Behind the screen: Are our kids safe from COVID-19’s cyberbullying?
Cyberbullying

Behind the screen: Are our kids safe from COVID-19’s cyberbullying?

It would be a huge mistake to think that having our kids home socialising under the roof given the COVID-19, is a definite advantage for them.

Yes, social distancing certainly limits their contact with their peers to social media such as TikTok, WhatsApp, Twitter, FaceTime and Zoom.

But, without denying the good that comes from online interaction, our kids are also prone to a more frightening risk – cyberbullying.

L1ght, an algorithm-driven startup monitoring online harms, reported a 70% increase in cyberbullying in only a couple of months. 

Your kids might give you excuses like, “We’re just playing games!” 

What your kids do not know is that there was a 40% increase in toxicity on online gaming platforms, as L1ght found.

Why did this happen – a cyberworld putting our vulnerable kids at unnecessary risk?

1. Increase of screen time

Due to COVID-19, our kids are going online more than ever. 

Beyond the previous purposes of entertainment and socialising, formal education also found its way to the online platforms.

With schools closed, teachers start using platforms such as Zoom, Google Classroom, Moodle and even YouTube to continue their duty of educating our kids.

In other words, our kids spent more time behind the screen compared to before.

Increase in screen time leads to a higher chance of cyberbullying to occur.

2. Increase of stress and pressure

COVID-19 pushes everyone to the edge.

And this is not only about you, the parents. Do you realise that our kids are also affected, mentally?

Hostility towards others tends to increase as a way of expressing or manifesting our frustration, our kids included.

Our kids, then, could turn out to be the very cyberbully behind the screen while being an angel in front of you.

As proof, L1ght also discovered a 900% increase in hate speech globally directed towards China on Twitter.

What are our kids stressed about for heaven sake?

3. Boredom and desperation for attention

Kids sometimes engage in cyberbullying due to boredom, loneliness and desperation for attention.

It is more so when parents have to put an extra effort into earning for the family as COVID-19 crashes the shrewd capitalist economic system.

To them, cyberbullying feeds their crave for attention – even if it is a negative one.

On the other side of the coin, most cyberbullying victims are hampered from going straight to their parents for help.

Either they are afraid of being blamed, or they are concerned that their access to their devices would be restricted, causing them to lose contact with their peers.

Or worse, they might think that you will not care after all. Will you not?

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So, what parents like you can do?

Firstly, you can establish a general guideline.  

There should be a screen time limitation, not only for your kids but also for you as the parents. 

Creatively, you can also achieve this purpose by having more time for fun family activities.

The trick is not necessarily by introducing restricting rules – kids hate those.

It is you who will have to allocate more time with them, not them coming to beg for your time.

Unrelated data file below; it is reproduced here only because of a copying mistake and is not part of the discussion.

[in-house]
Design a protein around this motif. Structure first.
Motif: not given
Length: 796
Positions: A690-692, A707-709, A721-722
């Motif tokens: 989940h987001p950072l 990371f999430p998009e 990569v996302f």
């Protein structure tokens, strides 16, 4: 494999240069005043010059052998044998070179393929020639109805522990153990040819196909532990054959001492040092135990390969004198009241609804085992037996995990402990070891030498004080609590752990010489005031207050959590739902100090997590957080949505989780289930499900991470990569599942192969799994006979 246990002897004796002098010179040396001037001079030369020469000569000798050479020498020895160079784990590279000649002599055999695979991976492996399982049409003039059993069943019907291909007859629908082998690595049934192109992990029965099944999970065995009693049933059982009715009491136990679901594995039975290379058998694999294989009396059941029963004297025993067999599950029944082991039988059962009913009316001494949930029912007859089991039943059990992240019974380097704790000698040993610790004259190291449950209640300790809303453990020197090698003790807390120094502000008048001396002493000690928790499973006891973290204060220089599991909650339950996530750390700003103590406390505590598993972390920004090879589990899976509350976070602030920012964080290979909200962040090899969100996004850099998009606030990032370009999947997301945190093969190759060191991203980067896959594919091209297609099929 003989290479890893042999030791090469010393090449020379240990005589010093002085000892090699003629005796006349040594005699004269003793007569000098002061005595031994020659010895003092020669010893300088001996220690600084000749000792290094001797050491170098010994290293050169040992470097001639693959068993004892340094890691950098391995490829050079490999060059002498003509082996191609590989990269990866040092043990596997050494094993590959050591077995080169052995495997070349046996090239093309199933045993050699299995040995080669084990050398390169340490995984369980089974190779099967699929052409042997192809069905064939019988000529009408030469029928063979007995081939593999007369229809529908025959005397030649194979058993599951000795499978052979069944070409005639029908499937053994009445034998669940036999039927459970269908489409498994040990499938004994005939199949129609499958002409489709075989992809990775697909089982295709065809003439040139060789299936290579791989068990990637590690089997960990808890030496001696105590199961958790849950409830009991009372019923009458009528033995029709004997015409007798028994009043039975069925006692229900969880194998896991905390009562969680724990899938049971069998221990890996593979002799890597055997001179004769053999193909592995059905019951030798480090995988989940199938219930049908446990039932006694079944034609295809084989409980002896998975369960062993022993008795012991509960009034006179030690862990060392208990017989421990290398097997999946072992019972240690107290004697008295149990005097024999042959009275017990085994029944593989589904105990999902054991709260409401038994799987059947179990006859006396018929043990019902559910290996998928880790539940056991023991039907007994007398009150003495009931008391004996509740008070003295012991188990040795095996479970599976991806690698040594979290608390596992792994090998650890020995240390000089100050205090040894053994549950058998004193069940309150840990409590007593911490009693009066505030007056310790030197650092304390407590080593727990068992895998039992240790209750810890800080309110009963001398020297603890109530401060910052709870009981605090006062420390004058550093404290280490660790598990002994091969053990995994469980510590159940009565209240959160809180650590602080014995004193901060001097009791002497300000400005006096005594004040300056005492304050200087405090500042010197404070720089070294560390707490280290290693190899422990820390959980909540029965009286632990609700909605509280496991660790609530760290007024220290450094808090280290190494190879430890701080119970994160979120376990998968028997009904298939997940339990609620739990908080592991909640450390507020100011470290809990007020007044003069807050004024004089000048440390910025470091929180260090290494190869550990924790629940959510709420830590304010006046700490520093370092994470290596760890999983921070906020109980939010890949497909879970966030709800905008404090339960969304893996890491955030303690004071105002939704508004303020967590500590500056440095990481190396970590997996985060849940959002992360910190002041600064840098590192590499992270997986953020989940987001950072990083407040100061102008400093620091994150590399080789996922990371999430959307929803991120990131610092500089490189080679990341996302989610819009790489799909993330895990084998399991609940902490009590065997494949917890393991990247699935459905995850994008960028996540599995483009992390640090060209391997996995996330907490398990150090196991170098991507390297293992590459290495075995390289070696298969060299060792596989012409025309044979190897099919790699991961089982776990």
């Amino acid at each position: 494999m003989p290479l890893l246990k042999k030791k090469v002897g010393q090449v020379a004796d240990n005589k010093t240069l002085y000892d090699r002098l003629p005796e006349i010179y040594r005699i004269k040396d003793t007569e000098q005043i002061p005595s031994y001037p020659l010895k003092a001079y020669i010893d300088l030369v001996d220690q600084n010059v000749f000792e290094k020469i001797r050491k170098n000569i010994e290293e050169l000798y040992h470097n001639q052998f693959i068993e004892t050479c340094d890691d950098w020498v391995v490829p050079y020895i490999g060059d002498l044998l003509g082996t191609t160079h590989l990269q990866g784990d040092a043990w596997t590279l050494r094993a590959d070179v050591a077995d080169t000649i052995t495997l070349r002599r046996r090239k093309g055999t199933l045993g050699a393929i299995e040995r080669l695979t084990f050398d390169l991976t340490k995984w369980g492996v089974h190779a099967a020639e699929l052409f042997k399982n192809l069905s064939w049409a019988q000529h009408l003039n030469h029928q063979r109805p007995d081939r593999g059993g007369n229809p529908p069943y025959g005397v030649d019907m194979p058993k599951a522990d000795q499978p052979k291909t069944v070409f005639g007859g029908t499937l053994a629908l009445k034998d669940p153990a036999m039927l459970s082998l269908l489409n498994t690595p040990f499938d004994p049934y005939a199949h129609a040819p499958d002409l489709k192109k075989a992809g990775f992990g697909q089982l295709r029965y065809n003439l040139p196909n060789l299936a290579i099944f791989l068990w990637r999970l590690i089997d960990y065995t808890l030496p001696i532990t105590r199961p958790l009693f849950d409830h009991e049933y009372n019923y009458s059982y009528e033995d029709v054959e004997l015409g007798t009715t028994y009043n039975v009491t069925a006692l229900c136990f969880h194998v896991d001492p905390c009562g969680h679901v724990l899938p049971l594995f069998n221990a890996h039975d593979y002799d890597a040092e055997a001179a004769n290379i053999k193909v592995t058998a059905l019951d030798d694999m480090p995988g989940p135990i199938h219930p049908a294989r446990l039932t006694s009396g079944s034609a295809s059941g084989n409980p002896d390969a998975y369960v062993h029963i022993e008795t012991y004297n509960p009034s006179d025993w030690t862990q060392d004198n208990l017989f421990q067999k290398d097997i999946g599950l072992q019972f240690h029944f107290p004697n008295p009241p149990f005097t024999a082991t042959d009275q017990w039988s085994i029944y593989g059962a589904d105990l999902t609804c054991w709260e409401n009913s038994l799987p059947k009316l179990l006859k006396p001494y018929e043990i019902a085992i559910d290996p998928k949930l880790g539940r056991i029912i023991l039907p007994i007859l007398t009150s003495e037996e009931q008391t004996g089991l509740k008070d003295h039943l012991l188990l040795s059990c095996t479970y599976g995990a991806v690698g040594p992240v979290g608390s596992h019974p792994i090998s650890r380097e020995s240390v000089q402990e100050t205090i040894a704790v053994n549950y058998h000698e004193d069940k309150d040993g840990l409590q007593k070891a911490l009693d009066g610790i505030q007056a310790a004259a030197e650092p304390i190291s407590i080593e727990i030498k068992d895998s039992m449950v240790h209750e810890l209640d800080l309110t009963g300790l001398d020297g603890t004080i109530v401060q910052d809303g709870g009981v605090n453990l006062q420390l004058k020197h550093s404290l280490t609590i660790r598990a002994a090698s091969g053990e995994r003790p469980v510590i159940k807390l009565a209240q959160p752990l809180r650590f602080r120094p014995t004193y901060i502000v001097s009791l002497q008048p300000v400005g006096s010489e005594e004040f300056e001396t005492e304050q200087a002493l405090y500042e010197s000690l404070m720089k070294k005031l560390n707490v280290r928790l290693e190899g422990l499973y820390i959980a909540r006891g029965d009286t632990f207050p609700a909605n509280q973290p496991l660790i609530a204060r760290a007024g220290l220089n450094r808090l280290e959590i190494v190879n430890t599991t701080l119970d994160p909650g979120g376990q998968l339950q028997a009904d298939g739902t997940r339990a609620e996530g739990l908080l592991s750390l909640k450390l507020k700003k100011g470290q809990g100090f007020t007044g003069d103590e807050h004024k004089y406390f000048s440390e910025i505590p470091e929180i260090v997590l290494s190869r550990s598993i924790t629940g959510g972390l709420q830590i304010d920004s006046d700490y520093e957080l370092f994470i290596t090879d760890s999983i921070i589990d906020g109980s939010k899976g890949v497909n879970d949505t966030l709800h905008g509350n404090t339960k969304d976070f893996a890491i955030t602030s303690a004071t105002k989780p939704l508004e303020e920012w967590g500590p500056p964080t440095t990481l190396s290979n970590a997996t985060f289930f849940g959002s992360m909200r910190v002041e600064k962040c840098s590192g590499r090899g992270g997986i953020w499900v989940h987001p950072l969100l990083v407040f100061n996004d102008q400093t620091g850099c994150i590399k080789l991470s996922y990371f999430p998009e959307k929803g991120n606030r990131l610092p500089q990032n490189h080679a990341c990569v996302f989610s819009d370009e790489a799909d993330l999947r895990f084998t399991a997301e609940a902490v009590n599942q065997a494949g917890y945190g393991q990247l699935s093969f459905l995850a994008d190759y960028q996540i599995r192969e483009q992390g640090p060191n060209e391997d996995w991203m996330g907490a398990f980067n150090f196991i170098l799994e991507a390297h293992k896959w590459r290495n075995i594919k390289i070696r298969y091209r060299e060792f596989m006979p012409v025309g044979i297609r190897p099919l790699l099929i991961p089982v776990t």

Secondly, parents should be able to have an honest and direct conversation with their kids.

Our kids should be able to express their feelings and thoughts freely. 

During this COVID-19 pandemic, they might accumulate stress, frustration and anxiety deep inside that they need to share with someone dear.

Worse, they might have already been a victim of cyberbullying.

In that case, you can convince them that they are loved, that they can still be in touch with their friends.

Find ways to address their issues together with them. You have to avoid pointing your finger at them for being ‘immature’.

Finally, you can also work closely with the teachers.

You may need to let the teachers know about your situation at home. Your insight is useful for them to engage positively and constructively with your kids.

Otherwise, the teachers will have to rely on their assumptions. With interaction being limited to faces on the screen, their responses might not be as effective as in a normal school environment.

The firewall is you.

Of all the measures, the mightiest firewall against cyberbullying is you, the parents.

It lies in how the parents raise their kids right:

  • engaging people with the best behaviour
  • practising honourable values, and 
  • having trust with the parents.

If all parents like you manage to perform your responsibility well, our kids will not need to crawl into the internet in uncertainty, anxiety and fear.

As the saying goes, kids are like a white, plain piece of canvas.

And you, the parents are the ones who are painting the background of the canvas and teaching your kids how to shape, shade and produce a final beautiful picture of themselves.

Carollina Ramle

Carollina Ramle hails from Sabah, Malaysia and is shy to strangers but friendly and cheerful to those who knows her. A business administration graduate majoring in technology management, she likes to surround herself with positive-minded people, and believes that good universal values exist in all religions. She’s a strong believer in peaceful human coexistence, despite differing beliefs.

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